But what’s true of [Johnson + Stein] is not automatically true of Johnson, and in fact it is not true of Johnson. It’s the same mistake over and over again, in all these articles and commentaries, and now they’re feeding on each other, citing each other, and building a conventional wisdom out of something that isn’t true.

Update: We can quickly see the same thing in the Monday morning Morning Consult poll.
2-party: 46-39, Clinton +7
4-party: 42-36-9-2, Clinton +6

Yes, Clinton is hurt (net of -1) by including the third-party candidates. But on a reasonable assumption about where Stein’s 2% of voters go in the 2-party matchup, they fully account for that change of 1 point. That leaves Johnson somewhere between neutral and helping Clinton by 1 net point.

  • Why do you consider that the polling data is worth analyzing? In the Michigan primary, the polls had Hillary winning by 20% and Bernie won by 1.5%. People lie to the pollsters. A large portion of the population do not use land phone lines, and pollsters adjust their data based on historic voting patterns that may no longer be valid. Garbage in garbage out. The Republicans I know who say they will vote for Johnson tell me they would vote for Hillary or not vote, rather than vote for Trump. So I doubt Johnson is taking many votes from Trump.

    • jtlevy

      A) Polling is imperfect, but it’s a lot better than nothing. New problems arise and new work is done to try to keep up with them. The Michigan result sticks in your memory precisely because it’s so unusual for so many pollsters to be so far off.

      B) I’m a political scientist and we’re not in the habit of just shrugging our shoulders and saying “eh, whatever” about one of the most important sources of information about opinion and voting.

      C) I’m responding to an ongoing wave of articles and commentaries that misanalyze and misreport the same poll data. My primary concern throughout this series is to stop people from confidently saying something that is not supported by the data they’re relying on to say it. If everybody starts shrugging their shoulders and saying “we don’t really know the effects, polling is too imprecise, the numbers are too small,” I’ll stop the argument too; my concern is not to carry the ball for the value of high-precision claims about small poll effects. It’s just: if you’re going to make such claims, you need to actually pay attention to what the polls say.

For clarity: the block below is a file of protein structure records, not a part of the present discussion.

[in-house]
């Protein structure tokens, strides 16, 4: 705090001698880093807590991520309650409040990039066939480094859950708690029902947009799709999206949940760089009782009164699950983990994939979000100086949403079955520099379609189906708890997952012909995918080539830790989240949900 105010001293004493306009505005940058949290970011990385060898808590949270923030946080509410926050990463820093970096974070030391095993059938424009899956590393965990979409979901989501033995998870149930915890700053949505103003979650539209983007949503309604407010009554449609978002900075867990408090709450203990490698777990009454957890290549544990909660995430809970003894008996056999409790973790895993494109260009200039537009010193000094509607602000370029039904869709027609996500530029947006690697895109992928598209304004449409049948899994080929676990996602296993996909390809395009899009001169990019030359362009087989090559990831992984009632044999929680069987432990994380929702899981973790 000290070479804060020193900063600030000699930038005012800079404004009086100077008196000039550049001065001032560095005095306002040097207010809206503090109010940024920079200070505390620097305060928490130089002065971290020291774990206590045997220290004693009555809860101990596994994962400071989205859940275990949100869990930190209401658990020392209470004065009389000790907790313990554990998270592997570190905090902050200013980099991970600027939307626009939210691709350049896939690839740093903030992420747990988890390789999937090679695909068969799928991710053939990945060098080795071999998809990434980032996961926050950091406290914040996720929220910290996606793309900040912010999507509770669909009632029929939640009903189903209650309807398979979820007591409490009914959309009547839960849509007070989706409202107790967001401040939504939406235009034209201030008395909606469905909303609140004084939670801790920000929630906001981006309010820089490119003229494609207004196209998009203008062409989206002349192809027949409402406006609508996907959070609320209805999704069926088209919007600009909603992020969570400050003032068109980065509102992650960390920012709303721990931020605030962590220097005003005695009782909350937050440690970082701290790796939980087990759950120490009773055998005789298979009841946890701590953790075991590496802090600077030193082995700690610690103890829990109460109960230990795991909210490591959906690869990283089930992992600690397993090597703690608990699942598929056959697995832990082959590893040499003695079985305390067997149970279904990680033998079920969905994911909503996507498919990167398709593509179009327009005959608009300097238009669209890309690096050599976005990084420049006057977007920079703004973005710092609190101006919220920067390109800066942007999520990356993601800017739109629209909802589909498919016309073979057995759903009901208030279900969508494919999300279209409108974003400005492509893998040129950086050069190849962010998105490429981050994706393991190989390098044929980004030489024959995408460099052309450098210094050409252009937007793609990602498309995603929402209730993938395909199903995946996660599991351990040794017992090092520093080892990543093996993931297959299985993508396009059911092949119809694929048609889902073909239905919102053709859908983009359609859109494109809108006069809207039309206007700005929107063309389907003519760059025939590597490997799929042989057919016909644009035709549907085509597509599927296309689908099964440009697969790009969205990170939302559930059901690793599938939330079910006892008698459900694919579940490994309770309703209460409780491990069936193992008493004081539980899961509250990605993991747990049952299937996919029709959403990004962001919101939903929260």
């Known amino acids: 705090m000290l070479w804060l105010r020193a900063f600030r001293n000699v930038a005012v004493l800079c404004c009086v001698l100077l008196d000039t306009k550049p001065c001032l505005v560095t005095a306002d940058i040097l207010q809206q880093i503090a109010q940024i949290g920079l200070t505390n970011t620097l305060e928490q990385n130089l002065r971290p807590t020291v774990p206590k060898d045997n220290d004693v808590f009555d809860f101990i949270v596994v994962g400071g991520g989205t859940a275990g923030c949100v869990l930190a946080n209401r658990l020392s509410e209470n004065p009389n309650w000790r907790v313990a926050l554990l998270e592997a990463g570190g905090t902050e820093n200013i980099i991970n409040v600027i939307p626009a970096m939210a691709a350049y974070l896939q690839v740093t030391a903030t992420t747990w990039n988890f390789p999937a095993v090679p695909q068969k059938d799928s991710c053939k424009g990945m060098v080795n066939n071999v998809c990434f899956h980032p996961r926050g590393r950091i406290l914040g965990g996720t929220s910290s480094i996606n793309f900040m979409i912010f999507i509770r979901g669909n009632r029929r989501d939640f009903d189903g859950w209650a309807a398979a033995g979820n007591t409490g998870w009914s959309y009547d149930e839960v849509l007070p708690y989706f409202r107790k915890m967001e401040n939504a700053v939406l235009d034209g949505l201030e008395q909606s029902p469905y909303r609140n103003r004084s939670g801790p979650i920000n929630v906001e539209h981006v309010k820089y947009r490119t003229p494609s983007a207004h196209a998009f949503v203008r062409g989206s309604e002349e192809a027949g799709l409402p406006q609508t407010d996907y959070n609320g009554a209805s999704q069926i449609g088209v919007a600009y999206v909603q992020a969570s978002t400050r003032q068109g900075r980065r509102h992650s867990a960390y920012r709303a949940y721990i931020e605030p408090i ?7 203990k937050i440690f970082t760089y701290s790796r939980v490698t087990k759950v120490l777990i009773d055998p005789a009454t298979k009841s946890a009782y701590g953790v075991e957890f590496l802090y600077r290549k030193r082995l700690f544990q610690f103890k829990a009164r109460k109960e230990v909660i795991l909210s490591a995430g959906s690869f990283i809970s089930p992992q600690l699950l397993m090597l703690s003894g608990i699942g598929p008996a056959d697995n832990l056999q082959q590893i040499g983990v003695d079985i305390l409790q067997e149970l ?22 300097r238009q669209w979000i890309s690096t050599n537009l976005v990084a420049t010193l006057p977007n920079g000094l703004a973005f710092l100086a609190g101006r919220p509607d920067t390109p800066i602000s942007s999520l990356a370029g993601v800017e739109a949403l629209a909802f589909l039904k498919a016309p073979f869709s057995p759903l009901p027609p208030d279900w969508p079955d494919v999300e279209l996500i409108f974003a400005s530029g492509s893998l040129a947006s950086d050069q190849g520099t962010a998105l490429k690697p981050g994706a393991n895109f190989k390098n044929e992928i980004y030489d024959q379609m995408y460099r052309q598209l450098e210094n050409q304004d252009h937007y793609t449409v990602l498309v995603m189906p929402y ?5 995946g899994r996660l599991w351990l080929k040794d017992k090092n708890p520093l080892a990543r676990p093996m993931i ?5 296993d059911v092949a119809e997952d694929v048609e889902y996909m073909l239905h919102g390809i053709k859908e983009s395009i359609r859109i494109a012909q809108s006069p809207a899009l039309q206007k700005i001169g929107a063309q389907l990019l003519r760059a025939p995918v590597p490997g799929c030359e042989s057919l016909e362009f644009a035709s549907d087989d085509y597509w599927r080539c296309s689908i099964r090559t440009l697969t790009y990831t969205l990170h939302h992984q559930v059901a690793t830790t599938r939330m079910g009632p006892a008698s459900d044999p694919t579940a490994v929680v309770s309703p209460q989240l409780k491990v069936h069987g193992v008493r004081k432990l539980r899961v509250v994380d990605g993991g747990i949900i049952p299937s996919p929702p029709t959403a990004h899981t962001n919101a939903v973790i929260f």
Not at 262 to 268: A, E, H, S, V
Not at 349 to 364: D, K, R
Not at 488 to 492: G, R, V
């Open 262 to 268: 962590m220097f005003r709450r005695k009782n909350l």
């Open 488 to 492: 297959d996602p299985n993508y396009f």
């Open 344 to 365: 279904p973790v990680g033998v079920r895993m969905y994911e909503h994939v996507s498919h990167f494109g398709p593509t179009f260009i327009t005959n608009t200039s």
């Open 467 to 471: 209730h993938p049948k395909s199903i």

D) In these switches from 2-way to 4-way polls, Trump always loses voters– 4% in the Fox poll linked to above. (The argument is about whether Clinton loses more, and to whom, not about the fact of Trump losing some.) That is to say, people *who self-report that they would vote for Trump* in the 2-way give a different answer in the 4-way. I see no reason to think that they’re lying about that or that it’s a phantom effect; your anecdata don’t strike me as persuasive evidence against this consistent poll finding.

  • Joseph E. Knight

    Clinton and Trump are both so despicable that it really doesn’t matter.